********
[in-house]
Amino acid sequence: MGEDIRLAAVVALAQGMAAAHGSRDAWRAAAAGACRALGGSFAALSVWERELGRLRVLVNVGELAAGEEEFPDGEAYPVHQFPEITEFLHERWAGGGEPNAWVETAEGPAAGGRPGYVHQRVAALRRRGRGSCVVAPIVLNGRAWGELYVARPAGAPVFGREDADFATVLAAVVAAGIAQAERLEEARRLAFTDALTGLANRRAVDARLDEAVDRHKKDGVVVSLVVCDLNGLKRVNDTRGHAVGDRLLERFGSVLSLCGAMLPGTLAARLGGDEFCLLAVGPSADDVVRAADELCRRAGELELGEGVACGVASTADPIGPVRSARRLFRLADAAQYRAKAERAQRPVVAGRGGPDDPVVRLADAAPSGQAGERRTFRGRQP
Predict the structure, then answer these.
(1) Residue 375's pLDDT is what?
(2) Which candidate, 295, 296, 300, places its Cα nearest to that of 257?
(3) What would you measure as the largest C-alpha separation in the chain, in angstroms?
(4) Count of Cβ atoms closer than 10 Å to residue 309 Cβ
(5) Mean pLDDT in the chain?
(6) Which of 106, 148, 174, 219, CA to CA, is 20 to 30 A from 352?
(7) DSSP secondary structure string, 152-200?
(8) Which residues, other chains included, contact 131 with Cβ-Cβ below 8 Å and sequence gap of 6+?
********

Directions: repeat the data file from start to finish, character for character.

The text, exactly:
[in-house]
Amino acid sequence: MGEDIRLAAVVALAQGMAAAHGSRDAWRAAAAGACRALGGSFAALSVWERELGRLRVLVNVGELAAGEEEFPDGEAYPVHQFPEITEFLHERWAGGGEPNAWVETAEGPAAGGRPGYVHQRVAALRRRGRGSCVVAPIVLNGRAWGELYVARPAGAPVFGREDADFATVLAAVVAAGIAQAERLEEARRLAFTDALTGLANRRAVDARLDEAVDRHKKDGVVVSLVVCDLNGLKRVNDTRGHAVGDRLLERFGSVLSLCGAMLPGTLAARLGGDEFCLLAVGPSADDVVRAADELCRRAGELELGEGVACGVASTADPIGPVRSARRLFRLADAAQYRAKAERAQRPVVAGRGGPDDPVVRLADAAPSGQAGERRTFRGRQP
Predict the structure, then answer these.
(1) Residue 375's pLDDT is what?
(2) Which candidate, 295, 296, 300, places its Cα nearest to that of 257?
(3) What would you measure as the largest C-alpha separation in the chain, in angstroms?
(4) Count of Cβ atoms closer than 10 Å to residue 309 Cβ
(5) Mean pLDDT in the chain?
(6) Which of 106, 148, 174, 219, CA to CA, is 20 to 30 A from 352?
(7) DSSP secondary structure string, 152-200?
(8) Which residues, other chains included, contact 131 with Cβ-Cβ below 8 Å and sequence gap of 6+?